>  Casey states "res ipso loquitor".  After seeing your assassination of Abbie and your apparent unwillingness to allow her opportunity to respond, all I can say is: Indeed, it does.

As a conclusion, this all reminded me of December 2007 when Abbie was dusting it up with Behe and the knotheads over at UD.  I had a PM exchange with an ID cheerleader in which they expressed their disappointment in me for defending Abbie. Here is what I said then and it is still true today.
             
Quote
But allow me the privilege of stating clearly why I feel the way I do.  Sure, ERV is a bitch. So what? She is dedicating her life to working towards a cure for a horrible disease that afflicts millions.  That scores alot of points in my book.  While I don't expect folks like Sal or Behe to actively participate in that effort, they should at least not hinder the progress of those that do.  But they won't do that. In addition to spreading demonstrable falsehoods, they want to destroy the science education system that has produced the cures for polio and many other such diseases.  A system that will, God willing, produce a cure for AIDS someday.

You will undoubtedly say you don't see it that way. You will say that you think the ID folks are onto something. Fine, maybe they do have a better way. Then it is high time that they stop publishing mass market books [and lobbying legislatures] and get on with curing diseases. Who's hands are you willing to put your families lives in?  Me, I will take a single potty mouthed bitch who is working cure a disease any day over a roomful of IDers who can't seem to get beyond heckling her.  


And that is all I have to say about that.

--------------
It's natural to be curious about our world, but the scientific method is just one theory about how to best understand it.  We live in a democracy, which means we should treat every theory equally. - Steven Colbert, I Am America (and So Can You!)

  
khan



Posts: 1484
Joined: May 2007

(Permalink) Posted: Feb. 25 2009,19:33   

Dear carlsonjok:

I appreciate your efforts, and your exposure of the steaming pile of manure that is DI.

--------------
"It's as if all those words, in their hurry to escape from the loony, have fallen over each other, forming scrambled heaps of meaninglessness." -damitall

That's so fucking stupid it merits a wing in the museum of stupid. -midwifetoad

  
J-Dog



Posts: 4368
Joined: Dec. 2006

(Permalink) Posted: Feb. 25 2009,19:43   

Quote (carlsonjok @ Feb. 25 2009,19:13)
     
Quote
But allow me the privilege of stating clearly why I feel the way I do.  Sure, ERV is a bitch. So what? She is dedicating her life to working towards a cure for a horrible disease that afflicts millions.  That scores alot of points in my book.  While I don't expect folks like Sal or Behe to actively participate in that effort, they should at least not hinder the progress of those that do.  But they won't do that. In addition to spreading demonstrable falsehoods, they want to destroy the science education system that has produced the cures for polio and many other such diseases.  A system that will, God willing, produce a cure for AIDS someday.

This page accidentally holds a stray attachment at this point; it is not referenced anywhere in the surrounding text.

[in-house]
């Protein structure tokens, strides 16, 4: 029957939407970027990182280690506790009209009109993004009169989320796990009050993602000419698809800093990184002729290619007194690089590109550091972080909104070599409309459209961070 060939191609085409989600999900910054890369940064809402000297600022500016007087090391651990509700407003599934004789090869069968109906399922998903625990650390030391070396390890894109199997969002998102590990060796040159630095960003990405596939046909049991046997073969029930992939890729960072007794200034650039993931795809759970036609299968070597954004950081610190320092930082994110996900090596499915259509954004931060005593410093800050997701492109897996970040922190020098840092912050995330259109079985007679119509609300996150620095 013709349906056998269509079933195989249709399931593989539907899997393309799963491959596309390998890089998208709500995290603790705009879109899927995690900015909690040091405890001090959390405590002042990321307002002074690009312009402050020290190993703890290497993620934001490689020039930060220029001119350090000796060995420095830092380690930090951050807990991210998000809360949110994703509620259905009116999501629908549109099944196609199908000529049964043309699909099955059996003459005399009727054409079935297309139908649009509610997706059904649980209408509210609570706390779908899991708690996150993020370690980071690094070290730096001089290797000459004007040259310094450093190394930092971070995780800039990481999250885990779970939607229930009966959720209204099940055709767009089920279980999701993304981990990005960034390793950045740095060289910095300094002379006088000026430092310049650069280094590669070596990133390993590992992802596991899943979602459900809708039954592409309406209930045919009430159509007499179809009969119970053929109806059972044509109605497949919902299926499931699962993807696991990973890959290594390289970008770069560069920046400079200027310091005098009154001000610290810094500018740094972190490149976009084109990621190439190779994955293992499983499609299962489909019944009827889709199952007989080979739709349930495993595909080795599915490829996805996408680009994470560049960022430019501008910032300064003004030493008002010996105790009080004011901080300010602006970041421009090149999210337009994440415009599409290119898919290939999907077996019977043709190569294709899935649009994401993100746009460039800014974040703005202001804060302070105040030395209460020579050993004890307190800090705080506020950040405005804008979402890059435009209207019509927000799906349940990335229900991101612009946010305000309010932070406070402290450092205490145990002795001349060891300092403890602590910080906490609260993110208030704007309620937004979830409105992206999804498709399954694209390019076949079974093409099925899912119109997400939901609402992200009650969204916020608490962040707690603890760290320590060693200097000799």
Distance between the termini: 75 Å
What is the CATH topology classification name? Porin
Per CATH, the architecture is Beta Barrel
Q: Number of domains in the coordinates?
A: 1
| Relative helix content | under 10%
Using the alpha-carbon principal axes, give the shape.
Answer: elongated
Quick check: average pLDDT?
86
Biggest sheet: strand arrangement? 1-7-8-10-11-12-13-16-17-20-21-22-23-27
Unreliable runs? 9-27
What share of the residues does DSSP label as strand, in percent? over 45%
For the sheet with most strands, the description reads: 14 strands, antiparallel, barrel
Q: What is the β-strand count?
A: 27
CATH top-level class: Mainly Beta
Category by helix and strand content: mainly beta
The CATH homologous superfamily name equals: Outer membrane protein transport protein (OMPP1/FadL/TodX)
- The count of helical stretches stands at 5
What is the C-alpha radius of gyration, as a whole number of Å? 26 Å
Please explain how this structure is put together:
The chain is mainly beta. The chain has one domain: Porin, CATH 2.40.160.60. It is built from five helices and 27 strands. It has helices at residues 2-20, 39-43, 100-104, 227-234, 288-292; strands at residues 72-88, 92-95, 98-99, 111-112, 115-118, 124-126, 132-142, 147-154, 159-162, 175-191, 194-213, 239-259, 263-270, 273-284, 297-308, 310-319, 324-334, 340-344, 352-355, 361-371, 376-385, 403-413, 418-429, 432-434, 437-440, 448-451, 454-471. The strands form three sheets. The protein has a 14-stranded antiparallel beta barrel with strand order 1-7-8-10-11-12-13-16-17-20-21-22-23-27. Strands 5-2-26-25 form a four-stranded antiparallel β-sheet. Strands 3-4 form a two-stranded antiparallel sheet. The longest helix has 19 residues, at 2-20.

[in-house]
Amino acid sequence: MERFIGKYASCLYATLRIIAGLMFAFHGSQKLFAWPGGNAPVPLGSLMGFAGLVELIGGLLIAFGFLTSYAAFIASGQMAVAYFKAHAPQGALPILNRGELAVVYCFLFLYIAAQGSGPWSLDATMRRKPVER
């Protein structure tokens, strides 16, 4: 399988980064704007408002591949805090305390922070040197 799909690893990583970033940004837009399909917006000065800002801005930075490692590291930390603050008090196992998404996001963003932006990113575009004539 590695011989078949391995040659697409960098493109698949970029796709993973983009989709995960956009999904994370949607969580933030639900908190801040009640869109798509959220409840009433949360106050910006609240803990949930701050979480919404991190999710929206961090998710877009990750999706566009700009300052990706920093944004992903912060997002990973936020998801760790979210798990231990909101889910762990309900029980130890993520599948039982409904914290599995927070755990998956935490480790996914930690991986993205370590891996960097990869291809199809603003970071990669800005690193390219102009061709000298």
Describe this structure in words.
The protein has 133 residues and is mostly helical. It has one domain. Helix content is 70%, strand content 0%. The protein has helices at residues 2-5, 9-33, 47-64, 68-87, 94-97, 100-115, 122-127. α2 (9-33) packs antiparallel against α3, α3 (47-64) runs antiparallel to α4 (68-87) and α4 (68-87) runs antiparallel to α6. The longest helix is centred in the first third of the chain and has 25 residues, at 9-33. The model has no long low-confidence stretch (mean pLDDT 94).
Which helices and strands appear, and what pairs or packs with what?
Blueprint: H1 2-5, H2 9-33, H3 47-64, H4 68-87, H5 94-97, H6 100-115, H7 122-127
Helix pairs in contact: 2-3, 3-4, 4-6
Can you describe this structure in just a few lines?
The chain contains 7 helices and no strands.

You will undoubtedly say you don't see it that way. You will say that you think the ID folks are onto something. Fine, maybe they do have a better way. Then it is high time that they stop publishing mass market books [and lobbying legislatures] and get on with curing diseases. Who's hands are you willing to put your families lives in?  Me, I will take a single potty mouthed bitch who is working cure a disease any day over a roomful of IDers who can't seem to get beyond heckling her.  


And that is all I have to say about that.

Carlson - Excellent!  Thank for the effort and the summaries.

And your final wrap up is a keeper!

--------------
Come on Tough Guy, do the little dance of ID impotence you do so well. - Louis to Joe G 2/10

Gullibility is not a virtue - Quidam on Dembski's belief in the Bible Code Faith Healers & ID 7/08

UD is an Unnatural Douchemagnet. - richardthughes 7/11

  
ERV



Posts: 329
Joined: Sep. 2007

(Permalink) Posted: Feb. 25 2009,19:49   

Creationists: SHES A BITCH!

Carlson: Yeah, but shes our bitch.  *cocks gun* So cut her the hell down.

  
J-Dog



Posts: 4368
Joined: Dec. 2006

(Permalink) Posted: Feb. 25 2009,19:57   

Quote (ERV @ Feb. 25 2009,19:49)
Creationists: SHES A BITCH!

Carlson: Yeah, but shes our bitch.  *cocks gun* So cut her the hell down.

Damn Straight!

And we all know you would cut through 1,000,000 IDers to rescue us.  And smile while you were doing it.

Thanks Abbie.

--------------
Come on Tough Guy, do the little dance of ID impotence you do so well. - Louis to Joe G 2/10

Gullibility is not a virtue - Quidam on Dembski's belief in the Bible Code Faith Healers & ID 7/08

UD is an Unnatural Douchemagnet. - richardthughes 7/11

  
k.e..



Posts: 3000
Joined: May 2007

(Permalink) Posted: Feb. 25 2009,21:18   

carlsonjok....

What can I say?


You have more integrity, honesty, guts and balls in your left little finger nail than the whole of the DI crew will ever accumulate in their collective lifetimes....